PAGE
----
“Dobson down at the general store said you might be needing help with your barn. Said you were thinking of renovating it so you could expand.”
 
Elizabeth wanted to believe him. Being suspicious of everyone and everything went against her nature, and she was plain sick and tired of it. But trust was a luxury. A life-and-death matter even. Hers. And as much as she would have liked some help, she couldn’t afford it—or take the risk of hiring an outsider.
 
“I’m sorry if Dobs misled you,” she began, “but I’m not hiring right now.”
 
“You are Ann Fielding?”
 
She shaded her eyes and looked straight at him. “Yes. But I’m not hiring. Sorry.”
 
He didn’t say anything, simply bent down and began picking up the berries that hadn’t rolled in the dirt.
 
Surprised as much by his actions as by the image of those delicate red berries being plucked by thick, work-roughened fingers, Elizabeth didn’t speak right away. After a moment spent watching him, she almost crouched beside him to help, but quickly decided against it. She might never have a height advantage over him again, so she figured she’d make the most of this opportunity.
 
“You might try the Double Y,” she suggested, struggling to sound casual. “I heard Dobs say that the Yancy brothers are looking for someone to help wrangle.”
 
“He told me,” he said, still gathering stray berries.
 
She stared at the dark hair that fell well past his collar as he continued picking up raspberries. Her patience began to fray. “What, you don’t like cows?”
 
“I’ve got nothing against cows.”
 
She waited a beat, then said, “Well?”
 
He stood. The motion was fluid with a grace she wouldn’t have attributed to someone his size. He faced her. “Figured you needed me more than they did.”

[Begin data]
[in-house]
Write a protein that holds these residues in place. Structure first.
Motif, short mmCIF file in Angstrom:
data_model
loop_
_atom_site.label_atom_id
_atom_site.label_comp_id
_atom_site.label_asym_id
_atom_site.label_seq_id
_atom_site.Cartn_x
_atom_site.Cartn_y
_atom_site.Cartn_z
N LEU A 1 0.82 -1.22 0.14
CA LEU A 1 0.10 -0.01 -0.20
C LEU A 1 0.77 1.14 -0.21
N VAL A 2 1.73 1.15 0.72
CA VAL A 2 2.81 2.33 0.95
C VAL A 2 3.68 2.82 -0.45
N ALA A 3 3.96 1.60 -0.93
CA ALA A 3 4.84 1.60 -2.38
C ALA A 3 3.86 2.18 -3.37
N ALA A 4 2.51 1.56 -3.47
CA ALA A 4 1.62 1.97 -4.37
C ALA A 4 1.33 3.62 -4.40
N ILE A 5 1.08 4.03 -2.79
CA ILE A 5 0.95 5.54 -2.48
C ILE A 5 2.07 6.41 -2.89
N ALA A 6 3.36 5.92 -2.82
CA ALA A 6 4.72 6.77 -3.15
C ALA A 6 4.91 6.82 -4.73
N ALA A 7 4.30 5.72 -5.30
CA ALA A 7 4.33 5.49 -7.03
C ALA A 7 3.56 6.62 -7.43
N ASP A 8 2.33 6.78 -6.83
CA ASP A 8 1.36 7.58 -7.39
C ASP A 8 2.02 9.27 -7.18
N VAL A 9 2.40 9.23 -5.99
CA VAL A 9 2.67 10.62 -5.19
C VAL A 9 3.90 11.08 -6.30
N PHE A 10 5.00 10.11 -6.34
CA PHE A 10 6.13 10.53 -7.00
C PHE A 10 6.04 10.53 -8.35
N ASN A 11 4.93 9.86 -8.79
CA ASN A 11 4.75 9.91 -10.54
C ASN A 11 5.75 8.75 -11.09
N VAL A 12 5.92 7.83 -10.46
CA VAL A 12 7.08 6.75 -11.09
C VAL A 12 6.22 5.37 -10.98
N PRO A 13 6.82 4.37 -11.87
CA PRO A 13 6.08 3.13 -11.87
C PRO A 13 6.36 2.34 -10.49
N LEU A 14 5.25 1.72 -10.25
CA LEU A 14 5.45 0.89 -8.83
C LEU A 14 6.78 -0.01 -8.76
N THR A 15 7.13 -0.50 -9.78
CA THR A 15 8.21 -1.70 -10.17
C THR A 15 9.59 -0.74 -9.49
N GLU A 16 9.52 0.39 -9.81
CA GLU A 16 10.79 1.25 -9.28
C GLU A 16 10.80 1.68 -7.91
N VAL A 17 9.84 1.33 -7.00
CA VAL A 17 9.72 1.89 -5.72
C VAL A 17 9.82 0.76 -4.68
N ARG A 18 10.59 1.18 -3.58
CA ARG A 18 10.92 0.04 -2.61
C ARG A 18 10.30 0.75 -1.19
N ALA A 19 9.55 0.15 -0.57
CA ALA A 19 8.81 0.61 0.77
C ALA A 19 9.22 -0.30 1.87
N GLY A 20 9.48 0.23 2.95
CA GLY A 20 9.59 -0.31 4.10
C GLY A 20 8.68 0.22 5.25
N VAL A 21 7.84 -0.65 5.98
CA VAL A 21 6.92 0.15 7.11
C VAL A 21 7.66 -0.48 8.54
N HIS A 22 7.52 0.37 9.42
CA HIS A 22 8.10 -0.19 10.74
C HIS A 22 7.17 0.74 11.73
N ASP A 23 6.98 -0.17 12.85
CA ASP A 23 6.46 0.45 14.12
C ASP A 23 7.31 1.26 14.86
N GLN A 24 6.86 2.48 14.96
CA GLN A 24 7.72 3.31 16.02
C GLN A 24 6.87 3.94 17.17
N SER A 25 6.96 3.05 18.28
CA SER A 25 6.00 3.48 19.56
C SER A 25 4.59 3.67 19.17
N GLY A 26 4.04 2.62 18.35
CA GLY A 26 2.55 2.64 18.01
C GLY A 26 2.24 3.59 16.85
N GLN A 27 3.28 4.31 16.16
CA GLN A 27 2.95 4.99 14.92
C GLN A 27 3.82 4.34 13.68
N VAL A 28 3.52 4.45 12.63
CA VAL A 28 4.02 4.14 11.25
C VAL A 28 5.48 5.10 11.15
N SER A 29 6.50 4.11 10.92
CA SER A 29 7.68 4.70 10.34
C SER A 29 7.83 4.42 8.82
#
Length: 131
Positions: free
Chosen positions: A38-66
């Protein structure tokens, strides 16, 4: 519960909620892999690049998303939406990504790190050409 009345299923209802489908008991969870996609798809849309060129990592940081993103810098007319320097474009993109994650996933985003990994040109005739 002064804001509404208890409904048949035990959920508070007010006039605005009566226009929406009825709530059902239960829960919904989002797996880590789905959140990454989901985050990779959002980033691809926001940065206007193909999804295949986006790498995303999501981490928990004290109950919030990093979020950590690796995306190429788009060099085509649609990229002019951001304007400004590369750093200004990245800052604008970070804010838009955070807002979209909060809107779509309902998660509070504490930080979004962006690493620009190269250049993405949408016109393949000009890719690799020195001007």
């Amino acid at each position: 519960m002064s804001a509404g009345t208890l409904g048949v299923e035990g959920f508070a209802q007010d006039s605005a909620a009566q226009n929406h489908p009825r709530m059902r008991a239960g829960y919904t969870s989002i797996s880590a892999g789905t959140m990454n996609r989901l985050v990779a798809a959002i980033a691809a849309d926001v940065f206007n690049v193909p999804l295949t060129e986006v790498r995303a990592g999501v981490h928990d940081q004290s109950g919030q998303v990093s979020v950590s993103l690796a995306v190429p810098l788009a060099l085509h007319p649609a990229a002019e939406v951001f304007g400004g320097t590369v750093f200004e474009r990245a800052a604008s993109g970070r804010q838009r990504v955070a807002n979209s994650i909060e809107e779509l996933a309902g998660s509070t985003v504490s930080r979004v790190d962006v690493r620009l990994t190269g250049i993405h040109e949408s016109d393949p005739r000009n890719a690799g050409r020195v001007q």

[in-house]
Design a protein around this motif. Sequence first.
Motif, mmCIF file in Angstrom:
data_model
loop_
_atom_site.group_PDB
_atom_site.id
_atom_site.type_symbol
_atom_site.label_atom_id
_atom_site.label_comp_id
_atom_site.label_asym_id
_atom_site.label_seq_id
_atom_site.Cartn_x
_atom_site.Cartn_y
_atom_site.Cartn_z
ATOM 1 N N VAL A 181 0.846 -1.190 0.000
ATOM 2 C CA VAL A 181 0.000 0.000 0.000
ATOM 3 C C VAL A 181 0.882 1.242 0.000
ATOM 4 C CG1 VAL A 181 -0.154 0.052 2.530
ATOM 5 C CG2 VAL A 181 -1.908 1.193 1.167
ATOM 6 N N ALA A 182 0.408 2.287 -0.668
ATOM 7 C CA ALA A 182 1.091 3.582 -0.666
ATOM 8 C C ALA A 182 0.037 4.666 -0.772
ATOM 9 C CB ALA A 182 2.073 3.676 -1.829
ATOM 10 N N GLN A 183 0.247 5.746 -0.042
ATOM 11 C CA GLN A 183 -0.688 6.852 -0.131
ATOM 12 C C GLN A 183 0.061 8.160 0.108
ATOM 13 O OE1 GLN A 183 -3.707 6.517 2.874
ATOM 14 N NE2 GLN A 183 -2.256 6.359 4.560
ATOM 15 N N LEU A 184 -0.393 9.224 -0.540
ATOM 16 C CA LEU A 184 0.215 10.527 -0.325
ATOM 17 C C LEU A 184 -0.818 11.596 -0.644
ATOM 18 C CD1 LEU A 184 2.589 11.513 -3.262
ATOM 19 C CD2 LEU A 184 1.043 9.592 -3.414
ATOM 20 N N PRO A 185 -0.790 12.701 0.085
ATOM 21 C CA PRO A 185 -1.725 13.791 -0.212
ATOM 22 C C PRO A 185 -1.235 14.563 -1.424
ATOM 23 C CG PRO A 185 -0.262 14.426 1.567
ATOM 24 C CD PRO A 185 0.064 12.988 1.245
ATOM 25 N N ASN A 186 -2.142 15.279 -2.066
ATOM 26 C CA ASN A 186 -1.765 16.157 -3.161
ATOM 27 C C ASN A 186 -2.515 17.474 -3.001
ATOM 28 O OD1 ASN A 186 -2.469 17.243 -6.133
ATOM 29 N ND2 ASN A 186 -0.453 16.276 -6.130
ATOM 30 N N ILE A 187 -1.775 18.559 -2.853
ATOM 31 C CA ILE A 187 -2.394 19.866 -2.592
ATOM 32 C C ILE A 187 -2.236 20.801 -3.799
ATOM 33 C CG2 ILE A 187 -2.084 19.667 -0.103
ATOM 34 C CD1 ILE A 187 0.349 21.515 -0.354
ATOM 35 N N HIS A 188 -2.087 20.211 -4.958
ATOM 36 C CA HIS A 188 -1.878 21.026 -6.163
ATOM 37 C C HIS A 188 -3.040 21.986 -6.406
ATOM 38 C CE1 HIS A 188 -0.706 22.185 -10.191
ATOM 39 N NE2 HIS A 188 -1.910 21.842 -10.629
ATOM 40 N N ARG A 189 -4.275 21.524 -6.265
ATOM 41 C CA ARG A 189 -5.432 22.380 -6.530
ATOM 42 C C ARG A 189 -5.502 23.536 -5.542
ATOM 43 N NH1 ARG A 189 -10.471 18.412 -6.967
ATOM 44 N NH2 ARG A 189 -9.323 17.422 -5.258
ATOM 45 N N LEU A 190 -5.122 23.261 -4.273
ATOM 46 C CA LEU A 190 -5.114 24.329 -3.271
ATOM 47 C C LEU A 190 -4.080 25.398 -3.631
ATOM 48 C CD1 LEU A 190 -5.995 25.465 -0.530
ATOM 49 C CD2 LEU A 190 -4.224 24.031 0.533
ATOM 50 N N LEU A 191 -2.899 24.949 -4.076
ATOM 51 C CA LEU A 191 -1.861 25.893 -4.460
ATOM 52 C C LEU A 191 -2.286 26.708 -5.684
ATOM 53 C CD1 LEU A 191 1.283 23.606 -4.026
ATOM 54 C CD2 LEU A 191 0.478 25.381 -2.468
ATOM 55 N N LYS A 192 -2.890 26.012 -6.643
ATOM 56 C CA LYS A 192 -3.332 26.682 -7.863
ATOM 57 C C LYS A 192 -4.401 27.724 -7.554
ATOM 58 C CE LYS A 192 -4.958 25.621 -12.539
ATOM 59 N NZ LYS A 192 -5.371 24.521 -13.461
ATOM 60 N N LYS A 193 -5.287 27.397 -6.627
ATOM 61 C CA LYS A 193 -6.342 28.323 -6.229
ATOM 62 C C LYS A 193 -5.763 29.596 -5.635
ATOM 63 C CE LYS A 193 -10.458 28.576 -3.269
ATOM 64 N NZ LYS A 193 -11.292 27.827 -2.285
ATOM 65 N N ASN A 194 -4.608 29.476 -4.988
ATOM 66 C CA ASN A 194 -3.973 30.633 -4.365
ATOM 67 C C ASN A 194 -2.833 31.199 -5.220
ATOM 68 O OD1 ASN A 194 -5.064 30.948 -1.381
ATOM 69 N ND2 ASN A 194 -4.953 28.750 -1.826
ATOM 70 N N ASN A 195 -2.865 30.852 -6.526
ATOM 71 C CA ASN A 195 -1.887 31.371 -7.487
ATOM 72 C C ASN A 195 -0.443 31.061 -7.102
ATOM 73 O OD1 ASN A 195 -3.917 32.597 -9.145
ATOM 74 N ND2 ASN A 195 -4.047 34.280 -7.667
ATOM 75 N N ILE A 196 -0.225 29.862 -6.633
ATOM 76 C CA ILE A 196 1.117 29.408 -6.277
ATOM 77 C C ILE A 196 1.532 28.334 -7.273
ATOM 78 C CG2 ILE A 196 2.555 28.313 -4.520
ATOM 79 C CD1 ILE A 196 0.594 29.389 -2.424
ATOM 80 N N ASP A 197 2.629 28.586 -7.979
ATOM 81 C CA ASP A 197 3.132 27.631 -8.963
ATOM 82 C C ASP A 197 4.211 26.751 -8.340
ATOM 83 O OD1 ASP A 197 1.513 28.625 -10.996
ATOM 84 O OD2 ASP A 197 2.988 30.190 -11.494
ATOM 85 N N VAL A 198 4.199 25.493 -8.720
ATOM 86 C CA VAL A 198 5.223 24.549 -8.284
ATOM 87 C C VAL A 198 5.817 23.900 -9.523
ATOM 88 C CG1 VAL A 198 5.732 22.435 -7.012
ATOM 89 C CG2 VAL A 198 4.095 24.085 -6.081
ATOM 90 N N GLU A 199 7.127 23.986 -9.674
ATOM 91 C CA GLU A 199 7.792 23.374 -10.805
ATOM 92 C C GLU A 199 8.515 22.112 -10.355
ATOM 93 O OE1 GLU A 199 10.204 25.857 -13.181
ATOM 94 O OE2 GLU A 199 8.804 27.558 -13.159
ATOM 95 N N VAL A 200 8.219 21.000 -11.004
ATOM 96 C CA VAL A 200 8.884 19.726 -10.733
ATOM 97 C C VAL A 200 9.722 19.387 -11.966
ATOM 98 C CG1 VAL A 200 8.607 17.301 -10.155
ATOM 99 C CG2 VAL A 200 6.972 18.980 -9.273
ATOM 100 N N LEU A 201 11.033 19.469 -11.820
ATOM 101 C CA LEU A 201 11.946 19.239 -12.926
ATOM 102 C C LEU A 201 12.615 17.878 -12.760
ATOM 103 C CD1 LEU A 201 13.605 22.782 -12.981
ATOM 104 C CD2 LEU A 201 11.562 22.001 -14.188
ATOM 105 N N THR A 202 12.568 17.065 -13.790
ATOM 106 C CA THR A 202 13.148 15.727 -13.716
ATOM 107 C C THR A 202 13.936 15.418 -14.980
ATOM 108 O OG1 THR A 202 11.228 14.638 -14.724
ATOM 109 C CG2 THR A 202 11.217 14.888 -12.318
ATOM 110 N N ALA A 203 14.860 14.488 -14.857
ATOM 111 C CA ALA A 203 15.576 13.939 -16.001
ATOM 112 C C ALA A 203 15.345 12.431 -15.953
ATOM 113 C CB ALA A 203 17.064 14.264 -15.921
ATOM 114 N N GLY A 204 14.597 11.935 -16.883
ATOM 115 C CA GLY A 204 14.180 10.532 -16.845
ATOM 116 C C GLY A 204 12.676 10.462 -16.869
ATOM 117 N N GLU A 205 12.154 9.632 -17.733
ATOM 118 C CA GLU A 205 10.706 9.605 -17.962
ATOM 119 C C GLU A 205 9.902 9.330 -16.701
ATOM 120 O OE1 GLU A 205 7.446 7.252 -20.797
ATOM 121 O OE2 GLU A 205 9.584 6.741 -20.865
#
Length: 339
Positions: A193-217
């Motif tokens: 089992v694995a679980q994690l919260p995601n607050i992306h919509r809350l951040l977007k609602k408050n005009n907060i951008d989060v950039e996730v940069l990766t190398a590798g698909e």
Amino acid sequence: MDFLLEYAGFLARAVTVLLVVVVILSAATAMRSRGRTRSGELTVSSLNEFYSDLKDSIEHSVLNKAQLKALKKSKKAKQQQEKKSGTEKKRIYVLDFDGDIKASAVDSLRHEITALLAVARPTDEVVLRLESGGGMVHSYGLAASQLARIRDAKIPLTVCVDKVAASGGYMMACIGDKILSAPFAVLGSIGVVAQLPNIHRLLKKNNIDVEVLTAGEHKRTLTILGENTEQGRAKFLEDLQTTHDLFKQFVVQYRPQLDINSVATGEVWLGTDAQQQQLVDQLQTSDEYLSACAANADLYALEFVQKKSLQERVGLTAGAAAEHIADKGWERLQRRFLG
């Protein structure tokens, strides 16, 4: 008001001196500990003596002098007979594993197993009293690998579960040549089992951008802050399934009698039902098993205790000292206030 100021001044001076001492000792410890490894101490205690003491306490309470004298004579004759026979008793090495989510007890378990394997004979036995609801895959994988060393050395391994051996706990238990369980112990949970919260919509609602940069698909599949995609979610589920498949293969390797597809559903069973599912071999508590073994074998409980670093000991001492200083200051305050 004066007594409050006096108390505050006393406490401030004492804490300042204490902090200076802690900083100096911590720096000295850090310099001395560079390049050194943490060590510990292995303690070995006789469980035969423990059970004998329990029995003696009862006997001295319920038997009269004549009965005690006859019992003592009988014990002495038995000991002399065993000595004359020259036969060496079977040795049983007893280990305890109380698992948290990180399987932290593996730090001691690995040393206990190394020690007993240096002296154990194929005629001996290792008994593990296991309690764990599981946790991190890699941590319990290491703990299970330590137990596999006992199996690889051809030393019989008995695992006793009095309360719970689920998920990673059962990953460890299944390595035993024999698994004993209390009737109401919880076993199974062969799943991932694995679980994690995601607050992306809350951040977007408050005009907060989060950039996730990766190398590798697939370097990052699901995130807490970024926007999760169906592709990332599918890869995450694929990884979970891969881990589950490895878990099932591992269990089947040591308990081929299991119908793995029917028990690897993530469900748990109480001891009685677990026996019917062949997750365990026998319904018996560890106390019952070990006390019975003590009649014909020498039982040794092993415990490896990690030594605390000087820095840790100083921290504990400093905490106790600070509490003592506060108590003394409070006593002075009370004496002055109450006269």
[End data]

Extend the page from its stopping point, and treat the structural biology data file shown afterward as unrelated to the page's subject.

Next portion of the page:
Before she could respond, he turned and headed toward the ramshackle barn about a hundred yards away.
 
She watched his easy gait for all of ten seconds before she realized exactly which part of his “gait” had captured her attention. “Hey, wait a minute,” she called, then hurried after him when he showed no signs of slowing. “Stop!”
 
He did. But not until he’d reached the barn doors. Or what was left of them. They were both rusted and warped with a space between them barely wide enough for her to squeeze through. He grabbed one side.
 
“Don’t bother pulling. I’ve worked on that for weeks. It needs to be dismantled, I guess.”
 
Kane spared her a glance, then bent to the task at hand. One mighty yank and the door squealed back far enough to allow both of them to enter side by side if they chose.
 
Elizabeth spent a second longer marveling at the abundant strength he carried along with that quiet demeanor. It must be nice to have that sort of power to call upon whenever the need arose, she thought, a bit annoyed. She knew if she let him see her irritation, he would somehow turn it around as a testimony to her need for help. She swallowed another portion of pride and pasted on a smile. “Thanks.”
 
His lips remained a flat line, but she could have sworn there was a hint of a twinkle in his dark eyes as he nodded and motioned her ahead of him with a low swept arm.sk why he wanted to see inside her barn in the first place.
 
She wandered inside before it occurred to her to ask why he wanted to see inside her barn in the first place.
 
It was musty and dank. The weathered boards had warped allowing long slivers of light to cut across the hay-strewn dirt floor. She’d only taken a few steps, but it was enough to stir up dust motes, and she paused to wave her hand in front of her face to clear the air.